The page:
Guest Speaker:  Gem Munro, Director of the Amorak Society

Gem Munro spoke about the work the Amorak Society has been doing in the urban slums in Bangladesh and now Pakistan for the past 12 years.  These are some of the  worst living situations the world. Young women do not receive an education and are forced to be married, become mothers, and spend the remainder of their lives in complete servitude to their husband’s family. 
The Amorak Society has developed a program to assist these women through education and leadership training. Small schools were set up in the slums and women are provided with daily classes. After class, these women are then required to share what they have been taught with small classes of children in their community. Through this education and leadership training, Amorak Society has been able to lift these women and their children from poverty and exploitation.  This, according to Gem, is the best way to combat extremists and poverty.
Gem showed us a video of a young woman enrolled in the Amorak Society program. We also saw how her six year old daughter is using the knowledge taught to her, to teach a small group of younger children, as well as her grandfather, to learn English.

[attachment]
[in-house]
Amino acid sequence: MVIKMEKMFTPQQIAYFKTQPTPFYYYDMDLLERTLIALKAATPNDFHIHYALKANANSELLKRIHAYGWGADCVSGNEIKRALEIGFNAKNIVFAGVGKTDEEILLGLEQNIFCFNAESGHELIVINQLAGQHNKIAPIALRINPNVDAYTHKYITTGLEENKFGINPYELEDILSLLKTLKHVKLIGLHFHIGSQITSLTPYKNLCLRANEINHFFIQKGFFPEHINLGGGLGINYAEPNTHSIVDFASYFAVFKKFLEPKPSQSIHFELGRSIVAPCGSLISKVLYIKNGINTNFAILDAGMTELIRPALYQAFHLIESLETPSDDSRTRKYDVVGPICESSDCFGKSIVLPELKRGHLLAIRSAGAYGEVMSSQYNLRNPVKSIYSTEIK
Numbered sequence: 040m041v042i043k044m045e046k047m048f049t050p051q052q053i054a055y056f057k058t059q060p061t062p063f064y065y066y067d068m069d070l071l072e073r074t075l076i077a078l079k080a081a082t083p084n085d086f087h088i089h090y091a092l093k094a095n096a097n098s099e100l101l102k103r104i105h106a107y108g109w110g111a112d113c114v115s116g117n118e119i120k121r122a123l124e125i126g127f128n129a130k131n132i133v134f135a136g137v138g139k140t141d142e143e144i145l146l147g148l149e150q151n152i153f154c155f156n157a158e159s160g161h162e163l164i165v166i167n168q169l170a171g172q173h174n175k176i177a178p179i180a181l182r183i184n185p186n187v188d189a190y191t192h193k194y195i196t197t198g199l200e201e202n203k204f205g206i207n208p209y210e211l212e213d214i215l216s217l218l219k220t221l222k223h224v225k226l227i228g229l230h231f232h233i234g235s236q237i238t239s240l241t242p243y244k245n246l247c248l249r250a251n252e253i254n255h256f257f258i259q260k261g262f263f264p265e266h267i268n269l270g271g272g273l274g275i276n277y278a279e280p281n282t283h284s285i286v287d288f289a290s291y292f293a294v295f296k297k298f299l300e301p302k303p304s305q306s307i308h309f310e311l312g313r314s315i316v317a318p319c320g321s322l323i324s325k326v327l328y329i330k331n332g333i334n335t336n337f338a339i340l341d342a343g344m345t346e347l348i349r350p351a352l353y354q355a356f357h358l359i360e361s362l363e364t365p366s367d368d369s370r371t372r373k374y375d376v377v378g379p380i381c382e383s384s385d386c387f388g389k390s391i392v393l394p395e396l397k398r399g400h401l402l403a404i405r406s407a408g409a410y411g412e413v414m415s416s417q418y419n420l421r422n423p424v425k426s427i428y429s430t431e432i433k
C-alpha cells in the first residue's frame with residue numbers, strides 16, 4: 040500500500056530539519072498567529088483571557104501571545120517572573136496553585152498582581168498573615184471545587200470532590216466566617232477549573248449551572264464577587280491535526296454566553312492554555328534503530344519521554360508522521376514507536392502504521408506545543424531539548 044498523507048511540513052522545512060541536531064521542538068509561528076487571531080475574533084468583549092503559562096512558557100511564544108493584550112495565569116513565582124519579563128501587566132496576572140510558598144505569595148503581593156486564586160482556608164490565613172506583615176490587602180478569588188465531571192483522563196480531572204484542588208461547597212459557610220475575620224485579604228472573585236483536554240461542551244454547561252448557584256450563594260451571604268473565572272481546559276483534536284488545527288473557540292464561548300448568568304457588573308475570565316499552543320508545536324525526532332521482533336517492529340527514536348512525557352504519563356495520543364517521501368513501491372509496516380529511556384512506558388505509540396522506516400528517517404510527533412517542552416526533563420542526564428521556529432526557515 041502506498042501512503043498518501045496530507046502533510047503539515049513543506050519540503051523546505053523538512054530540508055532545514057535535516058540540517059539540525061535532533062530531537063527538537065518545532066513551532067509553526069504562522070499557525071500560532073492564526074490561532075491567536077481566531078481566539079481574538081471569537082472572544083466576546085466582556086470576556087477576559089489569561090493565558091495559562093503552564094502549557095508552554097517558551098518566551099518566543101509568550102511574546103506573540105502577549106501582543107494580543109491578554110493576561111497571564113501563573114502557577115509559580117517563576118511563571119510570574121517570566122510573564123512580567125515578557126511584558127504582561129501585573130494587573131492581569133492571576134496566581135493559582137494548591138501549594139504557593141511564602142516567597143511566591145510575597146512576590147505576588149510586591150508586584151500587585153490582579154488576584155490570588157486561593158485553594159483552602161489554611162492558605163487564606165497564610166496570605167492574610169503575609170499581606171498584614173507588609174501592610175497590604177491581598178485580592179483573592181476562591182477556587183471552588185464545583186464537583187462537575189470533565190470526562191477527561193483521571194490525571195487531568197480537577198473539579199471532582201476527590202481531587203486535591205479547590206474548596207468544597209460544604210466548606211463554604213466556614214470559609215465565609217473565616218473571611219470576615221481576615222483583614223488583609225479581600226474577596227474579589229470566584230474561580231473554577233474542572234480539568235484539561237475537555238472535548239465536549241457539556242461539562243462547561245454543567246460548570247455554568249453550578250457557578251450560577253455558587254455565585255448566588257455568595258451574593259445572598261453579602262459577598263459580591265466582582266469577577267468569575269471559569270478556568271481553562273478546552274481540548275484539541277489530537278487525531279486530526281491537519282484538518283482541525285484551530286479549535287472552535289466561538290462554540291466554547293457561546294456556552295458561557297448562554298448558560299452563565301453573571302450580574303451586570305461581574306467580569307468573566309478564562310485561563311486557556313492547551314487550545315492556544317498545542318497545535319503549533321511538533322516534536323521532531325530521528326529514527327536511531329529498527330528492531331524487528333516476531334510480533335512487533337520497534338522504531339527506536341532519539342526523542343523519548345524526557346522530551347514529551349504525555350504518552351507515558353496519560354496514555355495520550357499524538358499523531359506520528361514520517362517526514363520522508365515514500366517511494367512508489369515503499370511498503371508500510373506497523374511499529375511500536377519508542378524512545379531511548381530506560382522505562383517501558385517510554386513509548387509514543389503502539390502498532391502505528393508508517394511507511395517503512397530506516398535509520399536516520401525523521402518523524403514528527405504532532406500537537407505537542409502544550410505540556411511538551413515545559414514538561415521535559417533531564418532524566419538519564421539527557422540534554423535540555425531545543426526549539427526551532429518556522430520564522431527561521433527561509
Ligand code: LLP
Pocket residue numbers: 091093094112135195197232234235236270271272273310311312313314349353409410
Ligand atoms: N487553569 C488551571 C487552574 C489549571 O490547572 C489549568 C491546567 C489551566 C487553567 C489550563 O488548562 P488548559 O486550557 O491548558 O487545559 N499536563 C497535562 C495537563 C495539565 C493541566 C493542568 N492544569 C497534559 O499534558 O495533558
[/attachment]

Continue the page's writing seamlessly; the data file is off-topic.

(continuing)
The Amorak Society, which has past educational initiatives with Canadian indigenous peoples, has now established the Amorak Society Aboriginal to develop structured education and opportunities for Indigenous youth in Canada.  It is aware of Rotary’s HIP (Helping Indigenous Peoples) initiative and plans to work in partnership with that.  Members present purchased copies of his novel The Silver Apple of the Moon, proceeds of which go to the Amorak Society’s work.
He thanked Rotary for it values and its support for his Society’s work. 


Toronto Councillor for Ward 27, Kristyn Wong Tam

Kristyn described Ward 27 as one of the biggest and busiest in the city, with 5 Business Improvement Associations, 2.8 million residents speaking 140 different languages.  She outlined some of the problems those residents are facing: homelessness; people struggling to make ends meet; children living in poverty; and the opioid crisis. 
Kristyn acknowledged that the land on which we gather is the traditional territory of the Haudenosaunee, and most recently, the territory of the Mississaugas of the New Credit First Nation. Toronto is still the home to many Indigenous people.
Kristyn talked about the need to work together to provide help the vulnerable.  The 2018 budget is now being discussed at City Hall and it is critical that we invest in low cost housing, long term care for the elderly, and support for the poor.
To learn more, visit her website at